Posted by Sheri McLeish on July 16, 2009
Sequels never can match the thrill of the original. But the good ones offer a compelling story of their own, develop familiar characters, and introduce something new and exciting. Last week Microsoft gave developers a backstage pass to preview Office 2010, due out in the first half of next year. The drama unfolds with Microsoft and Google waging a multi-front war with each other in search, browsers, productivity tools, and, soon, operating systems. Glimpses of the fourteenth iteration of Office reveal Web-based lightweight apps along with capabilities geared at improving collaboration, multimedia content development, and email management.
Can Office 2010 save the franchise? Or will a simpler, better customer experience from Google draw in a bigger audience before next summer? And what does it mean for the bit players, independents, and sleepers like the Open Office suites from IBM/Lotus, Novell, and Sun, or for Adobe, Zoho, Thinkfree, Corel … that’s a lot of competition for a sluggish software market that Forrester sees as being down by 5% or more for the year. The glimmer of hope for software vendors will likely come from subscriptions revenue for software-as-a-service (SaaS) products in 2010, which Forrester projects to grow by 7.5%.
Microsoft wants to lead that growing SaaS market. For enterprises, what’s notable about the Office 2010 story is that Office Web apps can be on-premise or hosted. The lightweight Web browser versions of Word, PowerPoint, Excel and OneNote will be free for consumers through Windows Live. Pow! But the bigger deal for enterprises is the option to host Office Web apps on-premises as annuity customers as well as via a hosted subscription through Microsoft Online Services. This option isn’t offered by Google today and, for the moment, may be what makes Office Web apps a hit in the enterprise.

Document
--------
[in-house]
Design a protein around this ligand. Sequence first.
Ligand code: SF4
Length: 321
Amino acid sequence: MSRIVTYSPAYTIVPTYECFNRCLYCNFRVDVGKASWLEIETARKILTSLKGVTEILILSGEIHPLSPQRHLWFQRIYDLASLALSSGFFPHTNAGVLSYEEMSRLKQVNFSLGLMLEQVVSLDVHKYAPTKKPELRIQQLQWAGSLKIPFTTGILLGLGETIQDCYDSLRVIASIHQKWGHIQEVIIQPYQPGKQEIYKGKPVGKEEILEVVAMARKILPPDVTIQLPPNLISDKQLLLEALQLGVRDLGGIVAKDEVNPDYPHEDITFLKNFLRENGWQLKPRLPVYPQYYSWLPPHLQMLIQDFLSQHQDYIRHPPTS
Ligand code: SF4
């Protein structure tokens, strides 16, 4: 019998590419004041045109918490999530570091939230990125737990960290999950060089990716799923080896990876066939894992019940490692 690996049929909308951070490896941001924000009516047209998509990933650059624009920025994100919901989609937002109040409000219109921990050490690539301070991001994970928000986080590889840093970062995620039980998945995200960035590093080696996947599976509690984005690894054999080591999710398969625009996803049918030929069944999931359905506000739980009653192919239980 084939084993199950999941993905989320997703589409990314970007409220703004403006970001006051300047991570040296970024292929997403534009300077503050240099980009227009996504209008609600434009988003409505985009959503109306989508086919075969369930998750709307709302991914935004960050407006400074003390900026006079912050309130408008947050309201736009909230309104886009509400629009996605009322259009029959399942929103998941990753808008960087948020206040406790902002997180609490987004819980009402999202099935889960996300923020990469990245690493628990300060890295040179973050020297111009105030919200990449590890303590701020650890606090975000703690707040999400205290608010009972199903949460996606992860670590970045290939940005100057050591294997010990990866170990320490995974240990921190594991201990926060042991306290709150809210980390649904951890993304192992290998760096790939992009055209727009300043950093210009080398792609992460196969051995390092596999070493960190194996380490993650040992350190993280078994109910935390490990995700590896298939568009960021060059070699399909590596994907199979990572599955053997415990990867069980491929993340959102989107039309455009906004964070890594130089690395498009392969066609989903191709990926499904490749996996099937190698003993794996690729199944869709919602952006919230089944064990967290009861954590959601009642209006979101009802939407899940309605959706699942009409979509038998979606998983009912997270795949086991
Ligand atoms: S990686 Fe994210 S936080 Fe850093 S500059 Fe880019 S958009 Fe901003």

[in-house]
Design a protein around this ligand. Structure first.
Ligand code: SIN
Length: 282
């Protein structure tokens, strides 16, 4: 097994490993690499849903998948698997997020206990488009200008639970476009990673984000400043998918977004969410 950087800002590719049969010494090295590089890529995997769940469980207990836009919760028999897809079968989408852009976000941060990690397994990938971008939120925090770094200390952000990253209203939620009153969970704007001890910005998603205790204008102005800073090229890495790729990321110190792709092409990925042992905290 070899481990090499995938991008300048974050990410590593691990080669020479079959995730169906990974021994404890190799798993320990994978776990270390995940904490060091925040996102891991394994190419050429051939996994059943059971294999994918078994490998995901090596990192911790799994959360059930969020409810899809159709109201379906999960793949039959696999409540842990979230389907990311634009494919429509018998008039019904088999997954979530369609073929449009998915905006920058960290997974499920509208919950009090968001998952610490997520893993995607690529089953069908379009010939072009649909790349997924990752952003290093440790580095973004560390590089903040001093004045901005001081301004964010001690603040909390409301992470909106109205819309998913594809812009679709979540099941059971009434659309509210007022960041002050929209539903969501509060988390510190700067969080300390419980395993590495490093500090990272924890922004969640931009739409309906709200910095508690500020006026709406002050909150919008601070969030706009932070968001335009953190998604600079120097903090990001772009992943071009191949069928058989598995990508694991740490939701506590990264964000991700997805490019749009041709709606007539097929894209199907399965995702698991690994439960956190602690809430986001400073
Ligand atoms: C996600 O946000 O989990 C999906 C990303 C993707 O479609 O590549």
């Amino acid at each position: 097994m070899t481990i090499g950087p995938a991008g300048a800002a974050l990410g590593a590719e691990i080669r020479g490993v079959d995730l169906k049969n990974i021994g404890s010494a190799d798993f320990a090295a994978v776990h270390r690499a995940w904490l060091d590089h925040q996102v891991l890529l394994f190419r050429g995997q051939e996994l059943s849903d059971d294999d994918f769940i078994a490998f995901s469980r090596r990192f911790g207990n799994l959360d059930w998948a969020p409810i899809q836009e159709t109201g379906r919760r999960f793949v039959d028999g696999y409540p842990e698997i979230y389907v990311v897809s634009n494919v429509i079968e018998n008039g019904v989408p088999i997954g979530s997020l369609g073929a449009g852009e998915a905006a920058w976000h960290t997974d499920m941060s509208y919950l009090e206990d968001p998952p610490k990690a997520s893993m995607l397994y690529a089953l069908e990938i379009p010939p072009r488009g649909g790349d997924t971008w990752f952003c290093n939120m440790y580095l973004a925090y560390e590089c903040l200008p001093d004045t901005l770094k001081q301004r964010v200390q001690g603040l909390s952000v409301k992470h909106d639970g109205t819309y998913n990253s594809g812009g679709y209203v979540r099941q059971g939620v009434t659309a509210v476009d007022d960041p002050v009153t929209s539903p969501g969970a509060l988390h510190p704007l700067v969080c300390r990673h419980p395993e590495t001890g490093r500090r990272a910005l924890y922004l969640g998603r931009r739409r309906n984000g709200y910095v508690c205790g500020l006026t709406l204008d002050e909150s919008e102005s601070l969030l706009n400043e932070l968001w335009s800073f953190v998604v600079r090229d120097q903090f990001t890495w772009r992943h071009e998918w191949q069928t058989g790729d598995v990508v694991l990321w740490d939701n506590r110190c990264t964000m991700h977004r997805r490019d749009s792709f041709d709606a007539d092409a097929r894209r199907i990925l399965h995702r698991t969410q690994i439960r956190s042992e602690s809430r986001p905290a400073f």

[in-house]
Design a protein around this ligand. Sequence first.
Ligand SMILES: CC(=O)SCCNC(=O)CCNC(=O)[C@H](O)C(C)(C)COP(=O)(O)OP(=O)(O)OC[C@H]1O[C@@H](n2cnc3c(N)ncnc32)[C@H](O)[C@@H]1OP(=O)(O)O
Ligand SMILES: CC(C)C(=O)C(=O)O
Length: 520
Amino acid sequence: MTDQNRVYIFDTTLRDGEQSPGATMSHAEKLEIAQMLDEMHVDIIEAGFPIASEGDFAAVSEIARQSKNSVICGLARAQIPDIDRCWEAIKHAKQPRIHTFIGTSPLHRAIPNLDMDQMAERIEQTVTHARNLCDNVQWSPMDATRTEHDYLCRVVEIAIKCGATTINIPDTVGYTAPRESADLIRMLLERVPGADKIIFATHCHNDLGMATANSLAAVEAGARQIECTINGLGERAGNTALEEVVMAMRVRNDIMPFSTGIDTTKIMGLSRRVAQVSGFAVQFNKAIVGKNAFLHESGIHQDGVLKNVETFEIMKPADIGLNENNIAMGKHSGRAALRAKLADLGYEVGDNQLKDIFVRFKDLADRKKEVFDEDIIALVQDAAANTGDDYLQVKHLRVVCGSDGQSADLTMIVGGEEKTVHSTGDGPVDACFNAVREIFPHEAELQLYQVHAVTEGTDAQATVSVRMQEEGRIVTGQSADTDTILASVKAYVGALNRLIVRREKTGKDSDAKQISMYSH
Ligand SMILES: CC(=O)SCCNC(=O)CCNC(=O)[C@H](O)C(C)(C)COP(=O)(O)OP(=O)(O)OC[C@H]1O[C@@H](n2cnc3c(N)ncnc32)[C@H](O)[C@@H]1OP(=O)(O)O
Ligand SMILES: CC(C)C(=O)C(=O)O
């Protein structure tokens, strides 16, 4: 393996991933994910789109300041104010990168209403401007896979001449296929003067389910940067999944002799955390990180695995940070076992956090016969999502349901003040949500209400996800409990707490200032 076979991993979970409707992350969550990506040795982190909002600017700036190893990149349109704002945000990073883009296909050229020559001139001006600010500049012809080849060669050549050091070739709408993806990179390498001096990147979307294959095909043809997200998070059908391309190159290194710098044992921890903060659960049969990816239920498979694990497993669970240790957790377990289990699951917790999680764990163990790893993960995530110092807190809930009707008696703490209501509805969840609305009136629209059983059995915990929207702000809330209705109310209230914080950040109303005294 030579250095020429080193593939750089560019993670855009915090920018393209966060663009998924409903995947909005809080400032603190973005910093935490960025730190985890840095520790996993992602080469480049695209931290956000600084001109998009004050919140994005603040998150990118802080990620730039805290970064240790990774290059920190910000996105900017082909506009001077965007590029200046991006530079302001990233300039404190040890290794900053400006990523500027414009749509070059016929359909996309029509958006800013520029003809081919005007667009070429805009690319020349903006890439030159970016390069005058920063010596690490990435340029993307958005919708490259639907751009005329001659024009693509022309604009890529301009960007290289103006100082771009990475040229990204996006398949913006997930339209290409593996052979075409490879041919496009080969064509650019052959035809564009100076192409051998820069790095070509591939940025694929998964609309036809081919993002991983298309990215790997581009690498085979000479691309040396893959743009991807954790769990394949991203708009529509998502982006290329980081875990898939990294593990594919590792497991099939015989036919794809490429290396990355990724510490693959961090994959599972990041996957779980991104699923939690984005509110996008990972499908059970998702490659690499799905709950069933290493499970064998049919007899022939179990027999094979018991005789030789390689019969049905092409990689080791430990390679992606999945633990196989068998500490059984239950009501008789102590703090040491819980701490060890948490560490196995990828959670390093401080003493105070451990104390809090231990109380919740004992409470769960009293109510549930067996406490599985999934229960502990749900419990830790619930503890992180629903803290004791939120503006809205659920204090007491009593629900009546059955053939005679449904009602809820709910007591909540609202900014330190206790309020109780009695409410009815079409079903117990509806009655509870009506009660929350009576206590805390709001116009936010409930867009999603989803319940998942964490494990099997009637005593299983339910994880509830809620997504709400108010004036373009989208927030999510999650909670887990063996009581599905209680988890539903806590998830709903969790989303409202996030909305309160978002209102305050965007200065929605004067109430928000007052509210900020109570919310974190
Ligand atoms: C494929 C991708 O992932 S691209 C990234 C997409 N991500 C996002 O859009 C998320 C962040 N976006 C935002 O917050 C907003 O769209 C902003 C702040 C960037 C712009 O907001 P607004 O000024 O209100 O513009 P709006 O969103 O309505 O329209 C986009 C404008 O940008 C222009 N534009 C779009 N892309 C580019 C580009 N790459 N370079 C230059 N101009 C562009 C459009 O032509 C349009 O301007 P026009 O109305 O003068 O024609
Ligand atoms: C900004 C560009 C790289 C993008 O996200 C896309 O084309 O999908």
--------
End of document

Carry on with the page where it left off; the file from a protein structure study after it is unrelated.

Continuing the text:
To date, Microsoft’s dominance in large businesses remains mostly intact, with 57% of firms running Office 2007 and 80% supporting some version of Office. Combined, the alternatives make up less than 8% of the enterprise market, according to Forrester’s March 2009 North America, Europe, And Asia Pacific Desktop Innovation Online Survey. And of those Forrester surveyed, 78% said they have no plans to look for an alternative to Microsoft Office. Real barriers remain for alternatives, from concerns about content control and security, sunk license costs, and online/offline issues for Web-based tools to fear of rejection by business users. Like it, love it, or not, people have a comfortable, familiar relationship with the Office apps. And that’s a critical edge Microsoft must maintain.
Technology Populism is fueling the collaboration and mobile collaboration markets and blurring the lines between work/life boundaries. The influence of consumer experience can be equally powerful if harnessed by Google for email and productivity. Most enterprise IT departments rely on the feedback of their business users to measure the value of their productivity tools. Forrester data also shows upgrades generally driven by business demands (34%), because current tools are no longer supported (24%), are no longer compatible (16%), or because the culture demands it (15%). By promoting free access to Web-based tools, Microsoft seeks the sway of the public. Office 2000 ends support this month; Microsoft needs to get those firms on board with 2010 somehow. What will your firm do? What are your barriers to upgrading Office or moving to an alternative? Now is a good time to clarify your firm’s strategy, because 2010 looks like it could be a blockbuster year for buyers prepared to negotiate.